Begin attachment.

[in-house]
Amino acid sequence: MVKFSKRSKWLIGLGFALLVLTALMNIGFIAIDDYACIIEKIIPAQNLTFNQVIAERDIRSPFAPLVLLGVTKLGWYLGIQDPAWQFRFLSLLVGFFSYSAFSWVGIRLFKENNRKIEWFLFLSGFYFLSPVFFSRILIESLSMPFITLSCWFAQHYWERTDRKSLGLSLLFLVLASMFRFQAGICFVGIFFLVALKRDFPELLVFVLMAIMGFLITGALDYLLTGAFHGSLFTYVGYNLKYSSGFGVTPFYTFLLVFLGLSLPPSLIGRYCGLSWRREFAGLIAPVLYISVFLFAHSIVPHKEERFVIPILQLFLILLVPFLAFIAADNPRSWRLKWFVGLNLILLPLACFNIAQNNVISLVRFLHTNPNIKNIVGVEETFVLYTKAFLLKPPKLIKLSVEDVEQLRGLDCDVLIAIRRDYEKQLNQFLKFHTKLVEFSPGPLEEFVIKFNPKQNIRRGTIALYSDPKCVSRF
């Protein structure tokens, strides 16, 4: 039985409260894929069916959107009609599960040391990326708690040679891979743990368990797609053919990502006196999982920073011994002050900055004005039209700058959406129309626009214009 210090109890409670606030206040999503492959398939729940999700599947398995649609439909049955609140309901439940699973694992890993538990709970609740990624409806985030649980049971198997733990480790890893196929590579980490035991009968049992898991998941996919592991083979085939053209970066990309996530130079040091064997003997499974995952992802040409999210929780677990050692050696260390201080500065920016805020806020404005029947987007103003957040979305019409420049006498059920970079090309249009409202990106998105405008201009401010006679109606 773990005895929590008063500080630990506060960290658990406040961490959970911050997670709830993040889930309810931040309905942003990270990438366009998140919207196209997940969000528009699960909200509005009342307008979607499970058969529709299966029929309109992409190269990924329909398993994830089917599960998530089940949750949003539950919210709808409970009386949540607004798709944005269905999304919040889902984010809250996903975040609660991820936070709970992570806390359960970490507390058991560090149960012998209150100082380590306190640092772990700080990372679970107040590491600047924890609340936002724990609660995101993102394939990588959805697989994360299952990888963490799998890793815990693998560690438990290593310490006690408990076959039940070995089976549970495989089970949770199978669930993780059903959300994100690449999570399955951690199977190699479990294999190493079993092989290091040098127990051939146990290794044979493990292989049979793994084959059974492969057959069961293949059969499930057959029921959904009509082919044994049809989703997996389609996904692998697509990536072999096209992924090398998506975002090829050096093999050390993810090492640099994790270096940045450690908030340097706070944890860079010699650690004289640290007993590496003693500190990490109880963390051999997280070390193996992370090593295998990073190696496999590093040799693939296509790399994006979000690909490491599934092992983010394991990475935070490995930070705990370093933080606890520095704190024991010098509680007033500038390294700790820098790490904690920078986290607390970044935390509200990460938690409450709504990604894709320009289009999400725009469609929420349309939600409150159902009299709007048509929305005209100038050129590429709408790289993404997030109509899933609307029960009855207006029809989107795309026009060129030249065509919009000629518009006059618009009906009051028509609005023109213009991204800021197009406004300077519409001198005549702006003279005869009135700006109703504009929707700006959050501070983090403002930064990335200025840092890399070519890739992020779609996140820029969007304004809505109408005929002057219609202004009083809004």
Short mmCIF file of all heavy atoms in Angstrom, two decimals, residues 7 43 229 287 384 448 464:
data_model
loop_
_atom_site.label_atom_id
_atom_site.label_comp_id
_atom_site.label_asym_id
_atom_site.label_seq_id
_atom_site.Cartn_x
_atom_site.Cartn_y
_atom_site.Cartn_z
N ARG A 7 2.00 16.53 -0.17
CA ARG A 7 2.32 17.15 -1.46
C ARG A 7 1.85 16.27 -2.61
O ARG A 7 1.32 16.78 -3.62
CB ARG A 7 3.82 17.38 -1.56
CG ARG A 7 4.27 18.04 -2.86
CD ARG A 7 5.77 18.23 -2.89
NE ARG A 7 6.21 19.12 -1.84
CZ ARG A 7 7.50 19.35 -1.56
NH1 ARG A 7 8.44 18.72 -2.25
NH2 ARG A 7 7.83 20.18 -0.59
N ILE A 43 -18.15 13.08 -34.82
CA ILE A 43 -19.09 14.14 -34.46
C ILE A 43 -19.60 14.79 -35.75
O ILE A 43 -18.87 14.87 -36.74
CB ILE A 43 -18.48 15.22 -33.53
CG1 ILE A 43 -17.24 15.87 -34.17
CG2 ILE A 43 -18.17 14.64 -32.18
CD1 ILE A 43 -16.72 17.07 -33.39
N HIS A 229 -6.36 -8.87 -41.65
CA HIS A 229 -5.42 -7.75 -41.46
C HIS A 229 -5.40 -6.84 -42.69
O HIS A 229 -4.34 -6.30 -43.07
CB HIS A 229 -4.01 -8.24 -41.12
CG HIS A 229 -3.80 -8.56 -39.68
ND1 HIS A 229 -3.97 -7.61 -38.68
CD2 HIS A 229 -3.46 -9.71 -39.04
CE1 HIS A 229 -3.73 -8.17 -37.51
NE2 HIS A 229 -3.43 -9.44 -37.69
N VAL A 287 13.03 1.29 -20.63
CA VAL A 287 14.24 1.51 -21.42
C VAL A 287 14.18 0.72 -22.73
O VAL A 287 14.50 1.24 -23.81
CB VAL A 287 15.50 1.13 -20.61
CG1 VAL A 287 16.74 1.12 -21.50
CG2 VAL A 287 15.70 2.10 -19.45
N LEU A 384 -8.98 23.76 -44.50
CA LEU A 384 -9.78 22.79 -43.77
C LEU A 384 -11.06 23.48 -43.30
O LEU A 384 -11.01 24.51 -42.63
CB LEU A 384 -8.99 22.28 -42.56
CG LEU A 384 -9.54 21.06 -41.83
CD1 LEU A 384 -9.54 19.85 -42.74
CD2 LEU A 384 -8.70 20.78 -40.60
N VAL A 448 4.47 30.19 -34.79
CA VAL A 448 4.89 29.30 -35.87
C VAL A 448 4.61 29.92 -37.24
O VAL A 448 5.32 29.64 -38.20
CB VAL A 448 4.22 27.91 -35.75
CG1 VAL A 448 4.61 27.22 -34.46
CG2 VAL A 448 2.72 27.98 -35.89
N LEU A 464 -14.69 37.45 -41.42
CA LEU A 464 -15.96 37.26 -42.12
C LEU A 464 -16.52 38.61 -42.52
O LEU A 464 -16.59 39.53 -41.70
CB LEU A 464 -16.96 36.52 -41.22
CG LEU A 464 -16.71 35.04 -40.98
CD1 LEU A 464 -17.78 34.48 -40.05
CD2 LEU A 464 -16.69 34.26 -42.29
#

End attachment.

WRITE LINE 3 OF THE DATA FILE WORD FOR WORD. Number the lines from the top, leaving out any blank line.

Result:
């Protein structure tokens, strides 16, 4: 039985409260894929069916959107009609599960040391990326708690040679891979743990368990797609053919990502006196999982920073011994002050900055004005039209700058959406129309626009214009 210090109890409670606030206040999503492959398939729940999700599947398995649609439909049955609140309901439940699973694992890993538990709970609740990624409806985030649980049971198997733990480790890893196929590579980490035991009968049992898991998941996919592991083979085939053209970066990309996530130079040091064997003997499974995952992802040409999210929780677990050692050696260390201080500065920016805020806020404005029947987007103003957040979305019409420049006498059920970079090309249009409202990106998105405008201009401010006679109606 773990005895929590008063500080630990506060960290658990406040961490959970911050997670709830993040889930309810931040309905942003990270990438366009998140919207196209997940969000528009699960909200509005009342307008979607499970058969529709299966029929309109992409190269990924329909398993994830089917599960998530089940949750949003539950919210709808409970009386949540607004798709944005269905999304919040889902984010809250996903975040609660991820936070709970992570806390359960970490507390058991560090149960012998209150100082380590306190640092772990700080990372679970107040590491600047924890609340936002724990609660995101993102394939990588959805697989994360299952990888963490799998890793815990693998560690438990290593310490006690408990076959039940070995089976549970495989089970949770199978669930993780059903959300994100690449999570399955951690199977190699479990294999190493079993092989290091040098127990051939146990290794044979493990292989049979793994084959059974492969057959069961293949059969499930057959029921959904009509082919044994049809989703997996389609996904692998697509990536072999096209992924090398998506975002090829050096093999050390993810090492640099994790270096940045450690908030340097706070944890860079010699650690004289640290007993590496003693500190990490109880963390051999997280070390193996992370090593295998990073190696496999590093040799693939296509790399994006979000690909490491599934092992983010394991990475935070490995930070705990370093933080606890520095704190024991010098509680007033500038390294700790820098790490904690920078986290607390970044935390509200990460938690409450709504990604894709320009289009999400725009469609929420349309939600409150159902009299709007048509929305005209100038050129590429709408790289993404997030109509899933609307029960009855207006029809989107795309026009060129030249065509919009000629518009006059618009009906009051028509609005023109213009991204800021197009406004300077519409001198005549702006003279005869009135700006109703504009929707700006959050501070983090403002930064990335200025840092890399070519890739992020779609996140820029969007304004809505109408005929002057219609202004009083809004």